The government of Argentina has designated its 21st Wetland of International Importance, called the Humedales de Península Valdés (42,695 hectares, 42°30’00”S 064°20’00”W), comprising two coastal sub-sites along the gulfs on either side of the Valdés peninsula in Patagonia, within the much larger Península Valdés World Heritage property that was inscribed in the UNESCO list in 1999. As described by Ramsar’s Assistant Advisor for the Americas, Ms Nury Furlan, the site is an important source of food for diverse resident and migratory marine birds; it is, for example, a regular stopover for Calidris canutus rufa, a critically endangered subspecies.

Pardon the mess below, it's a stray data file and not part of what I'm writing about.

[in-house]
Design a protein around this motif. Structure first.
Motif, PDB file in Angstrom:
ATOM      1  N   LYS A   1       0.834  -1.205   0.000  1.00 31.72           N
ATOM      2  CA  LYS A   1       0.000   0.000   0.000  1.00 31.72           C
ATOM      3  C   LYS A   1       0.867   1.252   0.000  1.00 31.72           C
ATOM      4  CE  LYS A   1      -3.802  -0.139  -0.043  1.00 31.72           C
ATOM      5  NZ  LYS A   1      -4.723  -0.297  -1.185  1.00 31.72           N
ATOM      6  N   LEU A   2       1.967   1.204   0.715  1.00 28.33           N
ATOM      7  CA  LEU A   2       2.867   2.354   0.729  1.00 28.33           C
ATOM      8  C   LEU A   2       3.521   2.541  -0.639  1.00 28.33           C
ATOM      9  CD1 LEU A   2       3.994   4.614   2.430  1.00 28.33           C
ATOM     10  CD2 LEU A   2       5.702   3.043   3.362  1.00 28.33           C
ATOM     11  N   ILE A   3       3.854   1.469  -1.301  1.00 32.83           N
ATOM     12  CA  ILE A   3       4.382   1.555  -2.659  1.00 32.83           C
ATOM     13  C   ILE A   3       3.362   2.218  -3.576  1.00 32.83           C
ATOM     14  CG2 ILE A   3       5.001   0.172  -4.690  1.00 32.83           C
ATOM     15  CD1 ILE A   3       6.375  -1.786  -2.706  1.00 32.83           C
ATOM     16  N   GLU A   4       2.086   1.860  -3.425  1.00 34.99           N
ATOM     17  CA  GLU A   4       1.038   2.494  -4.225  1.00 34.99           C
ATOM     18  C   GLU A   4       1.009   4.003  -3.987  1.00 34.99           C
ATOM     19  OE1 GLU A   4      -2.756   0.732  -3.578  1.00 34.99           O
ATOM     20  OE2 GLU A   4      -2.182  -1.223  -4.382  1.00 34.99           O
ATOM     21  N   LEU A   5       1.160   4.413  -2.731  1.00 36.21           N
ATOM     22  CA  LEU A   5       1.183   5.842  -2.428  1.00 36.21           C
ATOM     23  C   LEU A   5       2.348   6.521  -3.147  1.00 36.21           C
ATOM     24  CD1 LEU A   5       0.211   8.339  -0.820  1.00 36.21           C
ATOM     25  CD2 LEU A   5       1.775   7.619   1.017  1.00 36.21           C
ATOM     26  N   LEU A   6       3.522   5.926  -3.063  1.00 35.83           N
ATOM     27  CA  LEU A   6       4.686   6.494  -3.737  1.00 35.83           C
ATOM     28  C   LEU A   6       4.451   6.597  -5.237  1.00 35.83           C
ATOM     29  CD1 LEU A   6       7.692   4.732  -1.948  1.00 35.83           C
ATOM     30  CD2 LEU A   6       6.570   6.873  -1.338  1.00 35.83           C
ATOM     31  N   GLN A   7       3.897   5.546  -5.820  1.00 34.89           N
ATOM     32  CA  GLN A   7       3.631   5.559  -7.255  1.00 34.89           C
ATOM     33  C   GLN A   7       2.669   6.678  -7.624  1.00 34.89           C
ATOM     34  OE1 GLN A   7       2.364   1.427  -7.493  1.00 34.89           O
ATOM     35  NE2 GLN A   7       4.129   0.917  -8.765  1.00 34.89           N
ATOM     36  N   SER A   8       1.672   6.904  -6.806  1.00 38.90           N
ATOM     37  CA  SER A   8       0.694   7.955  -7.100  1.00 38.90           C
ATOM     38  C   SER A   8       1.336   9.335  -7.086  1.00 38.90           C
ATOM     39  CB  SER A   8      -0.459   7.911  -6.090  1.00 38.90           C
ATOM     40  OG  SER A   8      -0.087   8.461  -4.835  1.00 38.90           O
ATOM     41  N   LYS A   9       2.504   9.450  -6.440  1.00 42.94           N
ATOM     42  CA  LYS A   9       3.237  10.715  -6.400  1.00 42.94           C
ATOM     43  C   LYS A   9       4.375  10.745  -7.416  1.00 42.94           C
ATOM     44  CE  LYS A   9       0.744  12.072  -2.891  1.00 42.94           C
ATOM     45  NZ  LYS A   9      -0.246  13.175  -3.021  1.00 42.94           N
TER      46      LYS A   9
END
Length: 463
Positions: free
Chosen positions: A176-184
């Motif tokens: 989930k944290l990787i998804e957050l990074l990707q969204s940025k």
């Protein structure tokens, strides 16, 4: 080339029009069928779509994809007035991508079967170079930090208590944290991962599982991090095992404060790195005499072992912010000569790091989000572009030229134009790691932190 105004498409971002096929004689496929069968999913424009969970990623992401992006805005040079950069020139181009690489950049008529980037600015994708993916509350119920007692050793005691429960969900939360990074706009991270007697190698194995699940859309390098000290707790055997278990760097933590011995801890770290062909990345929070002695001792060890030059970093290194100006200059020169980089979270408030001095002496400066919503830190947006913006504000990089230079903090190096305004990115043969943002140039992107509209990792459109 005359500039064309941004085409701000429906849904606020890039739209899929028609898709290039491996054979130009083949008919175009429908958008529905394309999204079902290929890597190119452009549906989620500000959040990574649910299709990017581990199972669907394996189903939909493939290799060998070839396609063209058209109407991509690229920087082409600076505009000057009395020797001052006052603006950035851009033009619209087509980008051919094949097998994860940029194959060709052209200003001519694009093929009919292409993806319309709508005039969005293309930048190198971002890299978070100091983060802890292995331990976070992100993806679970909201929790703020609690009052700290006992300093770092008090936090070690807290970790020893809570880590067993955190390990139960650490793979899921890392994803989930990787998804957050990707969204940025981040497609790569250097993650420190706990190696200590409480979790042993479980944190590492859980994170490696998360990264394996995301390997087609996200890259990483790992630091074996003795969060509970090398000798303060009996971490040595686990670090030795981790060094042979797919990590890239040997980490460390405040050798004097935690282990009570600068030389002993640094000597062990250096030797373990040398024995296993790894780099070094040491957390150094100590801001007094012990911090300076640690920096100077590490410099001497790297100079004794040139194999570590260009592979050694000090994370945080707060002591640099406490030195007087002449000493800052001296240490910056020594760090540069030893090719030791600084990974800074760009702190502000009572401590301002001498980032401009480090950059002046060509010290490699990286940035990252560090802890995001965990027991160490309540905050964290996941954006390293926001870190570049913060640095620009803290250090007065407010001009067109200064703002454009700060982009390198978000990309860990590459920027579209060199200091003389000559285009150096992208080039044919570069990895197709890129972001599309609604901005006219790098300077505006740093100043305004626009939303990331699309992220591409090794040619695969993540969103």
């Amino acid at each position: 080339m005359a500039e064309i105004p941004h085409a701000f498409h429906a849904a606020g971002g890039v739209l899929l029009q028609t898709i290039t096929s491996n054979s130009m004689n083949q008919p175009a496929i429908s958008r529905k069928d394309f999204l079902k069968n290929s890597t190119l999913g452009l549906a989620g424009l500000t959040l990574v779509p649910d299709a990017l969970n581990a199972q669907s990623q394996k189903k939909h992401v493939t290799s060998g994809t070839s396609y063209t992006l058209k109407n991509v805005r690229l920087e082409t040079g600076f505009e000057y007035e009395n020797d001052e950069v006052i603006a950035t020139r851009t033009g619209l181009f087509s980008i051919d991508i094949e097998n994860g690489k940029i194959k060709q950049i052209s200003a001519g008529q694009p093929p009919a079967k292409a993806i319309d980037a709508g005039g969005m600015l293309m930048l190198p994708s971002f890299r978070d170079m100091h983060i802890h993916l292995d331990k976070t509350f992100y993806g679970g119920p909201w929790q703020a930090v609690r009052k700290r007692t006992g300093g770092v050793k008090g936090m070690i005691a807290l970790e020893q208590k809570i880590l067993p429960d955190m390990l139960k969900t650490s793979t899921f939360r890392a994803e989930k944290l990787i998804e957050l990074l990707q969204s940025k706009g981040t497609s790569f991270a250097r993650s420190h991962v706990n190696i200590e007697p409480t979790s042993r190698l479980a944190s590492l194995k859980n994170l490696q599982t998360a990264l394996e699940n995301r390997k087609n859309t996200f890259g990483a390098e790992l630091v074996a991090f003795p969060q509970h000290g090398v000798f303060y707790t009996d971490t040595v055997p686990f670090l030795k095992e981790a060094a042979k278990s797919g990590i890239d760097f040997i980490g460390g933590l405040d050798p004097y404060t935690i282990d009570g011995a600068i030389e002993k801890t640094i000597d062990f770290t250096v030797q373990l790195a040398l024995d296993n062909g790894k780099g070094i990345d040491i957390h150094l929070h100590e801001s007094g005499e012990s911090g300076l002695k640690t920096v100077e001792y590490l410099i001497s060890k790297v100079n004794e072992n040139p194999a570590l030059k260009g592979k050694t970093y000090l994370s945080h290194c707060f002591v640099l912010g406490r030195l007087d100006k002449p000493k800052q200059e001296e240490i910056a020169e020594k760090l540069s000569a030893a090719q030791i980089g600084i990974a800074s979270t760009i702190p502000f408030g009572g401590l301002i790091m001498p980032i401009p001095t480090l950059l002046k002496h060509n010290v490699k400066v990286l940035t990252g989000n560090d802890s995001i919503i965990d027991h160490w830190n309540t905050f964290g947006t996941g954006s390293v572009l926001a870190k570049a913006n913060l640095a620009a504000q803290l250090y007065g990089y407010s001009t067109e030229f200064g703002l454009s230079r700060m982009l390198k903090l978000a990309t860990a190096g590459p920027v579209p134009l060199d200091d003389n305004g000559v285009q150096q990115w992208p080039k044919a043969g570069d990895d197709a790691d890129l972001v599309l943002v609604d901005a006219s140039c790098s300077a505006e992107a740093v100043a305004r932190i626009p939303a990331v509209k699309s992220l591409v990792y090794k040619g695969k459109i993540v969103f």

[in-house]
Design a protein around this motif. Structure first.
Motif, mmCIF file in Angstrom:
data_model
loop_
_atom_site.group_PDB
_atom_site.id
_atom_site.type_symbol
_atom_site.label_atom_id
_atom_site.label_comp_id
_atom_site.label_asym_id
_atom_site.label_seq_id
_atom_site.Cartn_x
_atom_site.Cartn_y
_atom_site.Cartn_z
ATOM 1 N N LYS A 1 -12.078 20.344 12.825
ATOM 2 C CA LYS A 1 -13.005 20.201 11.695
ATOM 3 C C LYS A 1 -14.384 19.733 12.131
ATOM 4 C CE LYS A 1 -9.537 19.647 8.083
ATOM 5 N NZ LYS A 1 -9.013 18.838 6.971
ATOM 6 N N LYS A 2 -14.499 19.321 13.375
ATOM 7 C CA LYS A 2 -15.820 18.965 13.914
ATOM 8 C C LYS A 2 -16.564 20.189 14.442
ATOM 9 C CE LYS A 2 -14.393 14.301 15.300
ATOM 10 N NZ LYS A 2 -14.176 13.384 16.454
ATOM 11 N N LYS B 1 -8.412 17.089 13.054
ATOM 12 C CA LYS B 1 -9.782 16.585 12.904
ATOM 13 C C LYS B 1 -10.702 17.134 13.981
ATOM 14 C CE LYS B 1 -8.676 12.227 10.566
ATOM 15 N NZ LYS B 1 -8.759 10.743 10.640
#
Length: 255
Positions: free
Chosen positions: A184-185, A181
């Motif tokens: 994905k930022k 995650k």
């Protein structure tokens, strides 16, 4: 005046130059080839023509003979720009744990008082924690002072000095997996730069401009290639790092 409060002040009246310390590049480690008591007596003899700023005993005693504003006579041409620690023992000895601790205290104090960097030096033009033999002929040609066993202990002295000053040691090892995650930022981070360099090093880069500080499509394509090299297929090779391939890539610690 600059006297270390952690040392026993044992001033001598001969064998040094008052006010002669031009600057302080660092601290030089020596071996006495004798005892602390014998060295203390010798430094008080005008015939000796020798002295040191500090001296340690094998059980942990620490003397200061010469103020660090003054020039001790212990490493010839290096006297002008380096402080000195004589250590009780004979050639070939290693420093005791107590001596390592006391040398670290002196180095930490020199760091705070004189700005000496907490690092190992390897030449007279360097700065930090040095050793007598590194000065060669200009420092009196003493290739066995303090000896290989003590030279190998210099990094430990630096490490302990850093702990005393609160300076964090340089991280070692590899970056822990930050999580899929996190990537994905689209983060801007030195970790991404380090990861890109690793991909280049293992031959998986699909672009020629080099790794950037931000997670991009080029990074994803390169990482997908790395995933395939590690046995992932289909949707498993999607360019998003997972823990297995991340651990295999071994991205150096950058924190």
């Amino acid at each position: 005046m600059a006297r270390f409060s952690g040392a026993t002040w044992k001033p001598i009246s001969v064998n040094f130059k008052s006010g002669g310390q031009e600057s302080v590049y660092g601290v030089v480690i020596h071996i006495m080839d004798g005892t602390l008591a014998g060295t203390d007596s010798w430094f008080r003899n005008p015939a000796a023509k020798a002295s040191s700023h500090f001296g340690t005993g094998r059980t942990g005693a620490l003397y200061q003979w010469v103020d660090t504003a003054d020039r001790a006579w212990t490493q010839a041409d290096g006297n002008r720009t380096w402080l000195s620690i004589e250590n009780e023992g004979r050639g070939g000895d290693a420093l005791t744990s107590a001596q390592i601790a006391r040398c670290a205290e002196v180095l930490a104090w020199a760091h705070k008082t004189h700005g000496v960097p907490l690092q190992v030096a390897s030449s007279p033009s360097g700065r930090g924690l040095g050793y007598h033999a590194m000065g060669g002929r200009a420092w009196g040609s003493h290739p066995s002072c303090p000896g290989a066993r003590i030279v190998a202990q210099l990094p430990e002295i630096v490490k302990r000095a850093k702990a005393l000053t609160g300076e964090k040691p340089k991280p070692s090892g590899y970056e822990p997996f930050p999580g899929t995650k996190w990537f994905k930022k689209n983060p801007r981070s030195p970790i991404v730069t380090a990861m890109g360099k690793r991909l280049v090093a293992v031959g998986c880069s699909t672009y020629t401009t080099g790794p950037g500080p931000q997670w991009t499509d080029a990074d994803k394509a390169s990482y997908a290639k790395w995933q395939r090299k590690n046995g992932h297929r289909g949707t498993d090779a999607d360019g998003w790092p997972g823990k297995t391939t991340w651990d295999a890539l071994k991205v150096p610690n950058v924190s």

The wetlands support more than 20,000 birds, taking into account populations of Calidris canutus, C. alba, C. bairdii, C. fuscicollis, Haematopus palliatus and Charadrius falklandicus, and other aquatic birds such as Larus dominicanus, Larus maculipennis, Sterna hirundinacea, S. eurygnatha, S. maxima Phoenicopterus chilensis and Lophonetta specularioides. According to the census between 1994 and 2010, the site supports more than 1% of the populations of Calidris Canutus and Haematopus palliates, and more than 10% of Charadrius falklandicus. It is also important for its archeological and paleontological values.
Photos by Luis Bala.